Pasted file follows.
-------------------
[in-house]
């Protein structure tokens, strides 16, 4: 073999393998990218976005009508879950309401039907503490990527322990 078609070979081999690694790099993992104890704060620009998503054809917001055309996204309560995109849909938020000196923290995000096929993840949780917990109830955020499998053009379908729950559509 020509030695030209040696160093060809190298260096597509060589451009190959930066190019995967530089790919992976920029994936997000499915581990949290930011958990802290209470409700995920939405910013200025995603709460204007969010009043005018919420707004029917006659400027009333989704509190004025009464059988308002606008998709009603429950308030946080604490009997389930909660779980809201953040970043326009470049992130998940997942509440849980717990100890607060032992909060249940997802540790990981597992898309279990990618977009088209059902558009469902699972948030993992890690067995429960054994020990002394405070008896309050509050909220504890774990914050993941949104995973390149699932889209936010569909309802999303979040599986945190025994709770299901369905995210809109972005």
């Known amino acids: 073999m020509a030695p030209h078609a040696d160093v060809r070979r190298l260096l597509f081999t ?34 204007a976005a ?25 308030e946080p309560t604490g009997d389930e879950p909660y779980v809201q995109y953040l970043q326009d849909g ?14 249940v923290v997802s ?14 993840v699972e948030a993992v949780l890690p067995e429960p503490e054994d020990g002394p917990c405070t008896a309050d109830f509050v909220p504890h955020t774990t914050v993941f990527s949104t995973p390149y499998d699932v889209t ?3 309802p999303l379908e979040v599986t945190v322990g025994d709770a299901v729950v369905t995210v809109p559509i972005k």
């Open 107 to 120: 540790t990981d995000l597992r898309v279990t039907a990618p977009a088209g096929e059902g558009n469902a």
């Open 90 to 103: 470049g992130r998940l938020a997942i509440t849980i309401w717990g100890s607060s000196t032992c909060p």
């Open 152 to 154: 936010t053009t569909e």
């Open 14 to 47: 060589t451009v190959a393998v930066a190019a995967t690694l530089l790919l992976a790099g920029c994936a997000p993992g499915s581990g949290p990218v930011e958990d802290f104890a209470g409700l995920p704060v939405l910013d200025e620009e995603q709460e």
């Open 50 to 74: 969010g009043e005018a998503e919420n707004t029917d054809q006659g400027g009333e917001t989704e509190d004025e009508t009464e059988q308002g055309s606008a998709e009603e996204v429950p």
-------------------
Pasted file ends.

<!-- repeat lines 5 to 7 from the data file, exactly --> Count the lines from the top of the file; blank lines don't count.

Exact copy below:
């Open 90 to 103: 470049g992130r998940l938020a997942i509440t849980i309401w717990g100890s607060s000196t032992c909060p």
């Open 152 to 154: 936010t053009t569909e």
């Open 14 to 47: 060589t451009v190959a393998v930066a190019a995967t690694l530089l790919l992976a790099g920029c994936a997000p993992g499915s581990g949290p990218v930011e958990d802290f104890a209470g409700l995920p704060v939405l910013d200025e620009e995603q709460e």